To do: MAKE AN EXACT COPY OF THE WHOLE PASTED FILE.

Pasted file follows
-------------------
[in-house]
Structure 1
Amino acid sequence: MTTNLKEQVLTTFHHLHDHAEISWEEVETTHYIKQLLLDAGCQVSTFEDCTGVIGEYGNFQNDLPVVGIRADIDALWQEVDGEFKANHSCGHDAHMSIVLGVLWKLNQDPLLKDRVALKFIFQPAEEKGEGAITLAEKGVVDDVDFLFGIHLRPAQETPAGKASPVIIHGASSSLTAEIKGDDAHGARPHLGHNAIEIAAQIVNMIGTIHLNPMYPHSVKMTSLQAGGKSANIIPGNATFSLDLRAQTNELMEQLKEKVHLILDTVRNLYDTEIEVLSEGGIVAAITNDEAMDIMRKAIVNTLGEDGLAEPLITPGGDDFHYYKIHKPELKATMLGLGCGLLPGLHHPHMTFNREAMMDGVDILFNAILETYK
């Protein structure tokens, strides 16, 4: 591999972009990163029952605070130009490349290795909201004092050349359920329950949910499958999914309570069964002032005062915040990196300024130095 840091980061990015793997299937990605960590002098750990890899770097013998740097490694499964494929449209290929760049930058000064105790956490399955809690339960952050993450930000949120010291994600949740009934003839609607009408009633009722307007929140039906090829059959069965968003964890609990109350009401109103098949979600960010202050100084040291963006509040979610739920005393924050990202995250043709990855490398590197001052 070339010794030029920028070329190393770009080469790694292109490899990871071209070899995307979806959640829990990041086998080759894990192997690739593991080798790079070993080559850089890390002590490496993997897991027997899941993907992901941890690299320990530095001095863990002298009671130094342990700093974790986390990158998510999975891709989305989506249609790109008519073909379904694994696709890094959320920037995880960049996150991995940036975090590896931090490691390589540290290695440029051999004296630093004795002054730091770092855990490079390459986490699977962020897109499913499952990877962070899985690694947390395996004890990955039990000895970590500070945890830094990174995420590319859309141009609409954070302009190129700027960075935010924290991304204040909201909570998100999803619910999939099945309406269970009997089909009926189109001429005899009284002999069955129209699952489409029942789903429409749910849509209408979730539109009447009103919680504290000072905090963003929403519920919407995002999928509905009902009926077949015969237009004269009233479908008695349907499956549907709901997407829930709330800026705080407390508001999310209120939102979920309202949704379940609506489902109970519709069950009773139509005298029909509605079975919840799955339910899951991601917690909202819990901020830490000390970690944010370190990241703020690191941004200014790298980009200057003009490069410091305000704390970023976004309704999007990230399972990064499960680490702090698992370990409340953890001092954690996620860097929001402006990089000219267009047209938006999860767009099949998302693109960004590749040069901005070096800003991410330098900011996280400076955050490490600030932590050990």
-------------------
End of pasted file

[in-house]
Structure 1
Amino acid sequence: MTTNLKEQVLTTFHHLHDHAEISWEEVETTHYIKQLLLDAGCQVSTFEDCTGVIGEYGNFQNDLPVVGIRADIDALWQEVDGEFKANHSCGHDAHMSIVLGVLWKLNQDPLLKDRVALKFIFQPAEEKGEGAITLAEKGVVDDVDFLFGIHLRPAQETPAGKASPVIIHGASSSLTAEIKGDDAHGARPHLGHNAIEIAAQIVNMIGTIHLNPMYPHSVKMTSLQAGGKSANIIPGNATFSLDLRAQTNELMEQLKEKVHLILDTVRNLYDTEIEVLSEGGIVAAITNDEAMDIMRKAIVNTLGEDGLAEPLITPGGDDFHYYKIHKPELKATMLGLGCGLLPGLHHPHMTFNREAMMDGVDILFNAILETYK
């Protein structure tokens, strides 16, 4: 591999972009990163029952605070130009490349290795909201004092050349359920329950949910499958999914309570069964002032005062915040990196300024130095 840091980061990015793997299937990605960590002098750990890899770097013998740097490694499964494929449209290929760049930058000064105790956490399955809690339960952050993450930000949120010291994600949740009934003839609607009408009633009722307007929140039906090829059959069965968003964890609990109350009401109103098949979600960010202050100084040291963006509040979610739920005393924050990202995250043709990855490398590197001052 070339010794030029920028070329190393770009080469790694292109490899990871071209070899995307979806959640829990990041086998080759894990192997690739593991080798790079070993080559850089890390002590490496993997897991027997899941993907992901941890690299320990530095001095863990002298009671130094342990700093974790986390990158998510999975891709989305989506249609790109008519073909379904694994696709890094959320920037995880960049996150991995940036975090590896931090490691390589540290290695440029051999004296630093004795002054730091770092855990490079390459986490699977962020897109499913499952990877962070899985690694947390395996004890990955039990000895970590500070945890830094990174995420590319859309141009609409954070302009190129700027960075935010924290991304204040909201909570998100999803619910999939099945309406269970009997089909009926189109001429005899009284002999069955129209699952489409029942789903429409749910849509209408979730539109009447009103919680504290000072905090963003929403519920919407995002999928509905009902009926077949015969237009004269009233479908008695349907499956549907709901997407829930709330800026705080407390508001999310209120939102979920309202949704379940609506489902109970519709069950009773139509005298029909509605079975919840799955339910899951991601917690909202819990901020830490000390970690944010370190990241703020690191941004200014790298980009200057003009490069410091305000704390970023976004309704999007990230399972990064499960680490702090698992370990409340953890001092954690996620860097929001402006990089000219267009047209938006999860767009099949998302693109960004590749040069901005070096800003991410330098900011996280400076955050490490600030932590050990």